If you’re new to investing, please do yourself a favor and just hit the “Easy Button” (this is often the default choice if you do not choose a fund anyway). The fund options will quickly discourage someone who isn’t familiar with investing.

For a decade I invested in a target retirement fund and only recently built my portfolio. I did this for two reasons. I recognized that the expense ratio of my target retirement fund was 0.63% and I could cut it to 0.04% by selecting a Vanguard total stock market index fund.

This means that I’m paying 15x fewer expenses than before. That’s more money I keep and more money creating my wealth snowball. I realize that I will eventually have to make my investment more conservative, but after reading the section on fees above, you know why.

The second reason for building my portfolio was due to my continued research into reaching financial independence. I’ve studied investing for nearly ten years, but recently stumbled upon a financial blogger who built upon my philosophy of investing in index funds. His stock market series is an incredibly useful tool to better understand investing.

6. Traditional vs Roth 401k/403b

Most nurses can participate in their employer’s 401k (for-profit organizations) or 403b (non-profit organizations). In essence, they are the same, it’s the nature of the company that determines which you have access to.

The 401k or 403b has a max contribution of $18,500 each year. In addition, your company may offer a “match” up to a certain contribution. Those company contributions are in addition to the max personal contribution limits.

Contributions to a Traditional 401k or 403b are pre-tax and are deducted from our taxable income. We pay no taxes on the current income, but instead, pay the taxes when distributions are made in retirement. In retirement, our retirement savings, both contributions, and their investment earnings, are essentially treated as income.

Roth 401k/403b contributions are post-tax. You pay taxes at your current tax rate, but in retirement, the earnings and the contributions aren’t taxed again.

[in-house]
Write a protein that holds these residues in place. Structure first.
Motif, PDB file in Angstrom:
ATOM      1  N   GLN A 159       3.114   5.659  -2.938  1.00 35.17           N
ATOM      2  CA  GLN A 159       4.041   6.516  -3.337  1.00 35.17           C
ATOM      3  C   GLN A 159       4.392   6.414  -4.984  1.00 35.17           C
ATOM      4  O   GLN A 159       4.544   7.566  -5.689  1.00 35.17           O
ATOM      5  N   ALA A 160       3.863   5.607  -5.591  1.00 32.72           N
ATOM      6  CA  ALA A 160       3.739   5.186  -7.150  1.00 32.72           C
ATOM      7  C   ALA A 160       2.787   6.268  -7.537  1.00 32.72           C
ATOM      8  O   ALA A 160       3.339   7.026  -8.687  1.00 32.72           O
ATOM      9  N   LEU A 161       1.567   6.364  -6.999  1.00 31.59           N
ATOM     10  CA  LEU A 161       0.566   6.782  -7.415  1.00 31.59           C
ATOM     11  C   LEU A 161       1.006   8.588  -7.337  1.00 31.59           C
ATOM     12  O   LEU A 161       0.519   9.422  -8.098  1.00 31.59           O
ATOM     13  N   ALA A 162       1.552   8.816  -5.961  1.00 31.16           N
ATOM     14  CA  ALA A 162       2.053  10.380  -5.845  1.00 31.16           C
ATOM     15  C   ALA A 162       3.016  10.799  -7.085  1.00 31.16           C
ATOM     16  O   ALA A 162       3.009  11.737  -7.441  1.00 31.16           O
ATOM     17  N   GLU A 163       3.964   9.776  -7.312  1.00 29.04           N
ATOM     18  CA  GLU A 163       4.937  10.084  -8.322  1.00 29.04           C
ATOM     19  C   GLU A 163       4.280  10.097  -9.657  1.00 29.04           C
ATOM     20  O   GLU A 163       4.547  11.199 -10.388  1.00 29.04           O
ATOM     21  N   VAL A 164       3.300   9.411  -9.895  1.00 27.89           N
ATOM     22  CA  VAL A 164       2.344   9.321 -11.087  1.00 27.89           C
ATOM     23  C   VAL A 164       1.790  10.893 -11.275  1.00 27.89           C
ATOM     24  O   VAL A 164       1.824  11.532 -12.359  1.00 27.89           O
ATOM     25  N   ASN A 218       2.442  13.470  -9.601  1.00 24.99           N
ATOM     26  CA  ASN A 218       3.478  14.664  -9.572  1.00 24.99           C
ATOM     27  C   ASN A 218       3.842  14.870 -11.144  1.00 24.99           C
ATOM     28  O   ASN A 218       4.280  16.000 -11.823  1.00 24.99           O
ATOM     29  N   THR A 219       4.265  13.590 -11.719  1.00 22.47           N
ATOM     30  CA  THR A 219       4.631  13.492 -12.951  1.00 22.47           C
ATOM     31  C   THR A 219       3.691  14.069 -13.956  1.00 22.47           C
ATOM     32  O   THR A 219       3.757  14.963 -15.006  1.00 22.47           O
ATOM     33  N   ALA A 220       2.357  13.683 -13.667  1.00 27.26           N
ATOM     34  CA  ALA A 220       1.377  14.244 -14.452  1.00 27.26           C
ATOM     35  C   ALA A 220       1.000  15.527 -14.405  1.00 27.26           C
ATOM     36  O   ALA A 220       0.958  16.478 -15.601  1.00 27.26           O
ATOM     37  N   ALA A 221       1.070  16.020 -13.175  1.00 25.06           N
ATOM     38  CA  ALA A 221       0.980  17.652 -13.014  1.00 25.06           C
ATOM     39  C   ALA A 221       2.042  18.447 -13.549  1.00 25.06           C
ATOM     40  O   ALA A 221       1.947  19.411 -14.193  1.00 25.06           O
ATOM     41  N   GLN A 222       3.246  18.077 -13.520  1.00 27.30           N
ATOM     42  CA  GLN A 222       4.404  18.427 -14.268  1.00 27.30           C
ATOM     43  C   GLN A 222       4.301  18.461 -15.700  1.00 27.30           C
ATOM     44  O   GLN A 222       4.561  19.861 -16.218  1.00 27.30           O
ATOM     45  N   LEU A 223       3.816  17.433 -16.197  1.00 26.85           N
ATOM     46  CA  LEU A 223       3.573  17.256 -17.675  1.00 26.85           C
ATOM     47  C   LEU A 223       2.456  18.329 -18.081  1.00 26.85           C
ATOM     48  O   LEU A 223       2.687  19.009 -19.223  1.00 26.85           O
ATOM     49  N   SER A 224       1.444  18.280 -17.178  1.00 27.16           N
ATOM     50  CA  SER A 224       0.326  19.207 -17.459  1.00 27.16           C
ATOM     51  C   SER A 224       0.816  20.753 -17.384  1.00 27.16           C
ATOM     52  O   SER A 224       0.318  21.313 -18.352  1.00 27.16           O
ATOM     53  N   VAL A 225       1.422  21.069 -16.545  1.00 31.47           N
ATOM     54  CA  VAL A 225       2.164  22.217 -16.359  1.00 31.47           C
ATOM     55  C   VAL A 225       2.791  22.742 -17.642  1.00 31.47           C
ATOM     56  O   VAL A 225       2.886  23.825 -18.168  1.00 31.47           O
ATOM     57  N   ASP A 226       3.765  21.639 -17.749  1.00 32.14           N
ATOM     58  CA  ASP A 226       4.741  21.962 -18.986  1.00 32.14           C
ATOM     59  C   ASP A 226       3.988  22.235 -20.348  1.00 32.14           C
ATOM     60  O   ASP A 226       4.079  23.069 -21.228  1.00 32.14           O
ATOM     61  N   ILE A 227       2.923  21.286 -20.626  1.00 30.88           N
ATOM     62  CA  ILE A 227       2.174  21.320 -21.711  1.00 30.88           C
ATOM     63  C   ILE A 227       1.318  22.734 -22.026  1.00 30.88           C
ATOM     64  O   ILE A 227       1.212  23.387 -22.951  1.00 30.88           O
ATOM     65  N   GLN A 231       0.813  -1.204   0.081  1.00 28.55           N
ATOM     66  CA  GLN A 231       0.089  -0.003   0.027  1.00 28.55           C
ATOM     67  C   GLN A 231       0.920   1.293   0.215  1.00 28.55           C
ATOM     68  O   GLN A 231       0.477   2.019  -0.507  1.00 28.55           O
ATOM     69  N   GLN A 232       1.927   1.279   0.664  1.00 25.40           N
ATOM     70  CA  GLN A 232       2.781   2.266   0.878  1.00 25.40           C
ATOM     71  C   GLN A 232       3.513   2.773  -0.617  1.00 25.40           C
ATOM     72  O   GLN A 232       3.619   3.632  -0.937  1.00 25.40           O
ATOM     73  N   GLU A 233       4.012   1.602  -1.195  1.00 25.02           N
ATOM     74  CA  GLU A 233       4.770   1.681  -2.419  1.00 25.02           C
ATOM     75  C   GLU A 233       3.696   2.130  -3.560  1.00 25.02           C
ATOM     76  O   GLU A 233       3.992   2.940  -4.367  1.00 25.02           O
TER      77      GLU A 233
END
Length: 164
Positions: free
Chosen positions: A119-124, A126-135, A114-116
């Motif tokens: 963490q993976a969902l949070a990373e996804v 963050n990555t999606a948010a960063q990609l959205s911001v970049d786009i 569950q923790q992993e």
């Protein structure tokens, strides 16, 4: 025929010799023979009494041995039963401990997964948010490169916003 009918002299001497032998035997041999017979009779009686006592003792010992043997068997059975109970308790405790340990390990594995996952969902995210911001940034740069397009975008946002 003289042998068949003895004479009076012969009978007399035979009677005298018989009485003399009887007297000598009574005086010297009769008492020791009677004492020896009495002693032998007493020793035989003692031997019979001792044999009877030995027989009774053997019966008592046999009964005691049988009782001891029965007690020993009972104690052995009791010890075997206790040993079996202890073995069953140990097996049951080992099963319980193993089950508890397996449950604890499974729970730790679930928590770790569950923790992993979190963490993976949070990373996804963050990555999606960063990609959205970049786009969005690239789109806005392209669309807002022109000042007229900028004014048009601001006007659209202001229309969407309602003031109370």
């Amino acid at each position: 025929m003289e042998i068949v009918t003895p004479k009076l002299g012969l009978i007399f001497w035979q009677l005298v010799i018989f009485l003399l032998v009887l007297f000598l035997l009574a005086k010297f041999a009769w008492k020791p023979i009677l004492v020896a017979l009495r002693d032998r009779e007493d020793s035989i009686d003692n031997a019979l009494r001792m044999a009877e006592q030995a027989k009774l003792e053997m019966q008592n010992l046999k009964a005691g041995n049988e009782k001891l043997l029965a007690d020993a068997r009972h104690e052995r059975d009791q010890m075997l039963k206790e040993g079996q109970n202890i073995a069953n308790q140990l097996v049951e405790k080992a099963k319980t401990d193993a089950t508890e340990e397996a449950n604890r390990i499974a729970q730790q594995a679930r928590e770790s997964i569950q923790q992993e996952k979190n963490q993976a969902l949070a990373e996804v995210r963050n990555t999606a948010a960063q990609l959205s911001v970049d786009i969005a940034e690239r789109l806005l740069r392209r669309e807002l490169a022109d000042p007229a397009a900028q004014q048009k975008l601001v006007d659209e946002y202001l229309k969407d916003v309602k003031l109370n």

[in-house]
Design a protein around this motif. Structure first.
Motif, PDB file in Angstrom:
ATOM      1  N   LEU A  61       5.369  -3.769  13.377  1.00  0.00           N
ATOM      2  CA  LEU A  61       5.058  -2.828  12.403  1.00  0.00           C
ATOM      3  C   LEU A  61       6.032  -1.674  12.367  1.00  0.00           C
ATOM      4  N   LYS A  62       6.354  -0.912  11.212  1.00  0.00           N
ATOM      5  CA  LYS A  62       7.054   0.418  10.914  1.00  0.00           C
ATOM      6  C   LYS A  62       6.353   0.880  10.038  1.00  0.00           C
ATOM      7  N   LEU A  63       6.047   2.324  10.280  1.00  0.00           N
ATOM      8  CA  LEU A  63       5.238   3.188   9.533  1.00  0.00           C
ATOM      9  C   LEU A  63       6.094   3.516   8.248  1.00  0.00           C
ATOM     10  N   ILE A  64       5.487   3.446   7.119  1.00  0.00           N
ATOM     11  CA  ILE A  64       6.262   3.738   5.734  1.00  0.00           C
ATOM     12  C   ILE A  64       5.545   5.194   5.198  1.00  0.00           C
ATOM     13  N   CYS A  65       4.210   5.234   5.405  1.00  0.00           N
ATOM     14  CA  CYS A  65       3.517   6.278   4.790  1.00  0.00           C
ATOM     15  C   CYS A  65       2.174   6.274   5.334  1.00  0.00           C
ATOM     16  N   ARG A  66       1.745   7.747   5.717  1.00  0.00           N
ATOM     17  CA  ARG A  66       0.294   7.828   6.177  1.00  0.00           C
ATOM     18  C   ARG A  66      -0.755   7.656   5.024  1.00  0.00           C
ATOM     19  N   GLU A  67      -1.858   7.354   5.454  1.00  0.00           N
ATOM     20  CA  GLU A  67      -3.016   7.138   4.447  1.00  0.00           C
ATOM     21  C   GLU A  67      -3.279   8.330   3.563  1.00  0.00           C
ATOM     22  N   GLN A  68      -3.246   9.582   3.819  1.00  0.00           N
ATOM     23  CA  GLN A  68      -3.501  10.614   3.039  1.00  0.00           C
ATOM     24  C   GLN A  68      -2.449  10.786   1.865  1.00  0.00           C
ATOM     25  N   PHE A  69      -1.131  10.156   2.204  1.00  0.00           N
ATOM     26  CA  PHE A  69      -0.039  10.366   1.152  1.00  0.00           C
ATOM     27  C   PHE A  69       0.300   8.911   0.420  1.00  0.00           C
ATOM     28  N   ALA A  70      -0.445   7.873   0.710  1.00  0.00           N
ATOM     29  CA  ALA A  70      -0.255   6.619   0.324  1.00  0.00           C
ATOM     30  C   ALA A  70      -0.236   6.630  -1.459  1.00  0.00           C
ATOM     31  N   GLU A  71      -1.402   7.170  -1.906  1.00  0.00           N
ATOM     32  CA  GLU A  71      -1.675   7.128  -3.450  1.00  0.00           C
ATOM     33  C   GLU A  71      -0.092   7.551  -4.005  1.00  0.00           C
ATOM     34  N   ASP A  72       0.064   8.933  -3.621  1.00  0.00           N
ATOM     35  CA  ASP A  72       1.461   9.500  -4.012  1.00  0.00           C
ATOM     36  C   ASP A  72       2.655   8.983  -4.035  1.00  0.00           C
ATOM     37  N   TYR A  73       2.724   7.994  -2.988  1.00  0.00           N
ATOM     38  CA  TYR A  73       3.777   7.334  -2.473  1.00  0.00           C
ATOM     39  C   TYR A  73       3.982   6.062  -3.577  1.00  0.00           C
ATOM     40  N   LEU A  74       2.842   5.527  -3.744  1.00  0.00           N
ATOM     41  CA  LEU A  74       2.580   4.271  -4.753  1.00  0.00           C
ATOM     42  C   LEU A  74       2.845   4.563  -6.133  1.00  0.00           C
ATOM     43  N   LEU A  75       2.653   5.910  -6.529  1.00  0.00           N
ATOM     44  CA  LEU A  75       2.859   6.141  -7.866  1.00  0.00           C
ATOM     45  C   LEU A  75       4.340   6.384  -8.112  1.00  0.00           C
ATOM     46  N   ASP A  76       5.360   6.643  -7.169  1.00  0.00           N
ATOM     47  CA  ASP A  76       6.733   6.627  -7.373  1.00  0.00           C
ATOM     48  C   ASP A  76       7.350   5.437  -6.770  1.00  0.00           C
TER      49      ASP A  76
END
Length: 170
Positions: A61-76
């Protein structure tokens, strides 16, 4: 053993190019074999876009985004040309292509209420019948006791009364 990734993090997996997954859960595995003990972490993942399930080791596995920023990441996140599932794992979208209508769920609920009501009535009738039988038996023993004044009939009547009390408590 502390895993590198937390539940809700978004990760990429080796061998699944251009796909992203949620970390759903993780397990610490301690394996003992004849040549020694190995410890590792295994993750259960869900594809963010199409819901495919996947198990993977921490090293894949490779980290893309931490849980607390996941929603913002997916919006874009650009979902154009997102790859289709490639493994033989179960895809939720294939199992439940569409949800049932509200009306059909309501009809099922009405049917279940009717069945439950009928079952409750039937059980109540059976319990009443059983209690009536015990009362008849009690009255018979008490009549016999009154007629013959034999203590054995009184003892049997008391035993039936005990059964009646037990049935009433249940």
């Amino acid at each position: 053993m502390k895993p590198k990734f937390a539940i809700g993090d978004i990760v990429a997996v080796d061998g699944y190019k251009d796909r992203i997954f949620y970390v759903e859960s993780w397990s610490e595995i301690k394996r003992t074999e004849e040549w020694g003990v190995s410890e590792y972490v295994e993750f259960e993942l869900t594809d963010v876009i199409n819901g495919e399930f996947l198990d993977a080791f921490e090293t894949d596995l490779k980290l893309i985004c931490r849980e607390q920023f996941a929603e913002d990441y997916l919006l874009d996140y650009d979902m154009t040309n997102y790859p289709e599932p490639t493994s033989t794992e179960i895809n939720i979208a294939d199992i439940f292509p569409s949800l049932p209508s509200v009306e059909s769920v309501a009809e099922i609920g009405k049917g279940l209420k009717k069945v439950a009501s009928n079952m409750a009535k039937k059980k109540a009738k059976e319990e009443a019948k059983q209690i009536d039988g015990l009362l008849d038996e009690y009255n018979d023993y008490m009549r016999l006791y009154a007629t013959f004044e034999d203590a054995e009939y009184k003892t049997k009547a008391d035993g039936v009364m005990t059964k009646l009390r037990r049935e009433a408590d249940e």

If you work in an organization that provides both traditional and Roth retirement plans, the decision comes down to two factors

  1. Your current tax bracket
  2. If you feel your retirement tax bracket will be lower than it is today

Most people feel their tax bracket in retirement will be lower than now. Others fear that tax rates are likely to rise in the future, and as long as the government keeps to their word, they should pay the tax now and be done with it.

My wife and I max our contributions to the traditional 403b. Two years ago our combined gross income put us partially into the 28% tax bracket. Switching from Roth to traditional 403b shelters $36,000 from our taxable income.


In summary, the six keys to nailing your retirement plan are:

  1. The 4% Rule
  2. The Wealth Snowball
  3. Understanding Fees
  4. The Amount to Contribute
  5. Target Retirement Accounts Vs. Build Your Own
  6. Roth vs. Traditional Accounts

The main points to understand are:

  • You can effectively retire when you save 25x your annual living expenses
  • Save as much as you can, as early as you can, to give your wealth snowball time to accumulate
    • If you still have student loans, these take initial priority if over 5%
  • ALWAYS know the expense ratio of your investment funds
  • Target age retirement plans are the “Easy Button” for investment decisions, I don’t recommend creating your own investment portfolio unless you are extremely comfortable doing so.
  • Deciding to invest in a Roth or Traditional retirement account depends on your tax rates

As stated in my about me page, I follow the advice and rationale of the Financial Independence and Early Retirement (FIRE) movement. To learn more about how to retire early, I suggest starting with The Shockingly Simple Math Behind Early Retirement. For me, writing on early retirement will have to wait for another day.

Republished with the permission of

3 replies on “6 Keys to Nail Your Retirement Plan”

Steve, you might have a typo in this post.
You state that “With a 7% return on investment, it takes 8 years to double your money.”.

It should be with a 9% return on investment, since 72/9 = 8.
For 7% it would be 10.2 years.